Navigating Dorico Slow

Hi everyone,

I’ve done some searching on this forum and haven’t found a solution to my problem yet:

Navigating around Dorico is very, very frustrating at the moment. Things like switching between Write and Engrave take 10-15 seconds. Right-clicking and then scrolling between different options (eg between Filter and Dynamics) is the same. Ditto when switching between Safari and Dorico. Even just selecting notes can take this time.

This isn’t always happening, but it’s a large percentage of the time - enough to ruin my flow and make me want to throw my computer in the pool. Not sure if this is relevant but I’ve checked Activity Monitor: When idle, “VST Audio Engine” is 69% (CPU), 6.7GB (Memory) and 71 (Energy).

I’ve tried the MIDI loop advice and also turning MIDI Thru off. No deal. I’ve tried adjusting the audio latency. No deal. I’ve tried creating a smaller layout with just two instruments. No deal. The only thing that is making me feel better is my bottle of Glen Grant 10yr Old.

This doesn’t happen with my old software and I’m aware that Dorico’s engine works completely differently, but can anyone help me?


I’m running Catalina 10.5
2.9Ghz Quad-core i7
16gb RAM
External Thunderbolt 3 screen
Apogee Duet 2
YAMAHA S90ES (driver is up to date)

Sorry to hear you’re running into this problem, Daniel. The good news is that there will definitely be a specific cause for the problem, and once we find it, we should be able to restore good performance. Could you please choose Help > Create Diagnostic Report and attach the resulting zip file? That will allow us to get a look at some log files and settings that will hopefully point us in the right direction.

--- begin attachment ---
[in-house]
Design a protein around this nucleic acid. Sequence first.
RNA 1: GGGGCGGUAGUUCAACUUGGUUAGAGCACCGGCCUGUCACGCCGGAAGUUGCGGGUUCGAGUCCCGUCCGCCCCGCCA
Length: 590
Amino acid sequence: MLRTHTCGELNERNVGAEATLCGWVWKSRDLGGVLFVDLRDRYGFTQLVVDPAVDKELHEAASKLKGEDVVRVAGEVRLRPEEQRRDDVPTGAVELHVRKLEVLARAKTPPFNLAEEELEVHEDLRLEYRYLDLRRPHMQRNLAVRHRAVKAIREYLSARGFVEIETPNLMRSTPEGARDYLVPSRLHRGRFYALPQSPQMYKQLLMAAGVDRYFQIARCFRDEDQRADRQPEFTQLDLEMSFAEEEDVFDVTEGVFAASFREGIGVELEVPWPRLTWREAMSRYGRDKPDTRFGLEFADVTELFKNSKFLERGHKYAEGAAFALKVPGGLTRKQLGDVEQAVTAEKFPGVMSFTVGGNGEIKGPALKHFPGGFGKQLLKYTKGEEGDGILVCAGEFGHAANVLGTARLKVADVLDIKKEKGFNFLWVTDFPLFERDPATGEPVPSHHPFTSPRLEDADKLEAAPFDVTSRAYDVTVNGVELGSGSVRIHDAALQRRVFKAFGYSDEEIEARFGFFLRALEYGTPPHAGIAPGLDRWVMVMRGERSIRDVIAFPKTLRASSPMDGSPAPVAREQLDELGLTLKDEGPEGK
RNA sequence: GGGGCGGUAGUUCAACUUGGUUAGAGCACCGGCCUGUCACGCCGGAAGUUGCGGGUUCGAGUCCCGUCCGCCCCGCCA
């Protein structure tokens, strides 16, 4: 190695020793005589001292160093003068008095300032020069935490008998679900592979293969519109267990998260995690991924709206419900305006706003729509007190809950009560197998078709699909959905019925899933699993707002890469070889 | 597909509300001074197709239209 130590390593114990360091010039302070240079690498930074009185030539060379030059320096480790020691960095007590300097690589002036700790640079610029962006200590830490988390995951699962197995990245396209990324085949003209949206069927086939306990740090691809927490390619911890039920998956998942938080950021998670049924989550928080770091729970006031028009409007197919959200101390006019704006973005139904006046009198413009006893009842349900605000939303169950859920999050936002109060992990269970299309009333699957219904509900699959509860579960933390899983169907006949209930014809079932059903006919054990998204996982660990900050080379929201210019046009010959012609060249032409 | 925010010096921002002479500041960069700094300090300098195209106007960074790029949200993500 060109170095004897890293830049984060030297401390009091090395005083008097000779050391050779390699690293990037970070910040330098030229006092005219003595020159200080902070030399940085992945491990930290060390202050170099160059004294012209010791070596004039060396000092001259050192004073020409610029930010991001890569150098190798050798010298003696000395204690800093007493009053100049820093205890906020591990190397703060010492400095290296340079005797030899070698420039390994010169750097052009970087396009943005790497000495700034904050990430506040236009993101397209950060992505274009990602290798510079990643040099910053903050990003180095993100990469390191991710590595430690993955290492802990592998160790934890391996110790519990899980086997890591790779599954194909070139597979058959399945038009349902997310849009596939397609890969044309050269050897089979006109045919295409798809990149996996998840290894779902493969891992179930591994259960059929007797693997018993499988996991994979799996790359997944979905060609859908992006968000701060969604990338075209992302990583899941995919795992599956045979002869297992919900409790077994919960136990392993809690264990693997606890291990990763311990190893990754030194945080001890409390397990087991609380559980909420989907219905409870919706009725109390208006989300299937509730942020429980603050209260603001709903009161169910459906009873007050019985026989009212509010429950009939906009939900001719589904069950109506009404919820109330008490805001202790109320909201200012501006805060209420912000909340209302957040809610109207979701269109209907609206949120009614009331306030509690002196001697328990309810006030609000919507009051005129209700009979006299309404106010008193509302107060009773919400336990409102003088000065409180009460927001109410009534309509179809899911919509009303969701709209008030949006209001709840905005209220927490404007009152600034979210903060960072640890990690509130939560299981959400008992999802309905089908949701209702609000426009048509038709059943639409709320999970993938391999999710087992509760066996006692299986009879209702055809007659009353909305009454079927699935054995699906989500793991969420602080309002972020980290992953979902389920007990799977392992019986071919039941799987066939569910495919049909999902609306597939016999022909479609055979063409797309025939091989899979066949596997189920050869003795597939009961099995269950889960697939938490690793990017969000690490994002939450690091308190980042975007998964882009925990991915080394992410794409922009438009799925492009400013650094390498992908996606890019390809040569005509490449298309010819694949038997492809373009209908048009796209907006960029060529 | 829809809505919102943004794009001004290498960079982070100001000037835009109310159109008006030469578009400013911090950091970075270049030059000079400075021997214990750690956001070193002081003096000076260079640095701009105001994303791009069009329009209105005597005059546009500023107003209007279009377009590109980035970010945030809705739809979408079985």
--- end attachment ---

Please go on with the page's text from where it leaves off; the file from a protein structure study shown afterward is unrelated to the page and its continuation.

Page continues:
Thanks for the quick response Daniel.

I’ve attached the Diagnostic Report. I didn’t know if the project had to be in a certain state and so I just left it on the Full Score layout in Write Mode.

Dorico (1.54 MB)

Thanks very much for sending the diagnostics. In general I can’t see any particular smoking gun as yet. One thing I notice is that you’re still running Dorico 3.5.0, and an update to Dorico 3.5.10 with a number of fixes and improvements is available, so I would recommend you download and install that in the first instance. You can download it here.

The other thing is that the VST audio engine crashed recently due to a fault in the EW Play plug-in, so you might want to check that you have the most recent version of Play installed as well.

It doesn’t appear that you have a MIDI feedback loop going, because you seem to have disabled all but one of the input ports on the SE90, but perhaps you can just check again to make sure there are no expected input devices showing up.

Are you working with lots of windows onto the same project open, or lots of tabs open inside the same window? If so, you might try closing all windows but one, and closing all tabs but the one you’re currently working on, and see if that helps.

Just one tab and window open.

I’ve downloaded this and the Play update (which there was). I think it is a little better!? I’ve got to open up that bottle of Glen Grant now (it’s 9pm in Australia) but I will have a good play with it tomorrow and let you know how I go.

Thanks very much again.

Is this a 2016 MacBook Pro?

If that hasn’t helped sufficiently: The VST activity seems quite high for idling. Test it without any third-party VSTs.

So, I updated both Dorico and Play and I’ve seen a substantial improvement. Well, enough that I’m not going to drink every night anymore.

Benwiggy, it’s a late 2017 MacBook Pro. With the updates I mentioned, the CPU goes down to 50%.

Cheers everyone

What buffer size are you using? Try increasing it. Very small buffer sizes require lot of extra CPU

Sorry Paul, I’m not at my computer currently. I’m pretty sure it’s around 512 - it’s just enough for a noticeable delay when pressing notes.

There’s another thing that might show what’s happening with the high audio engine CPU. Open Activity Monitor and click on the little cog-wheel at the top of the window, a pop-up menu appears from where you choosse ‘Spindump’.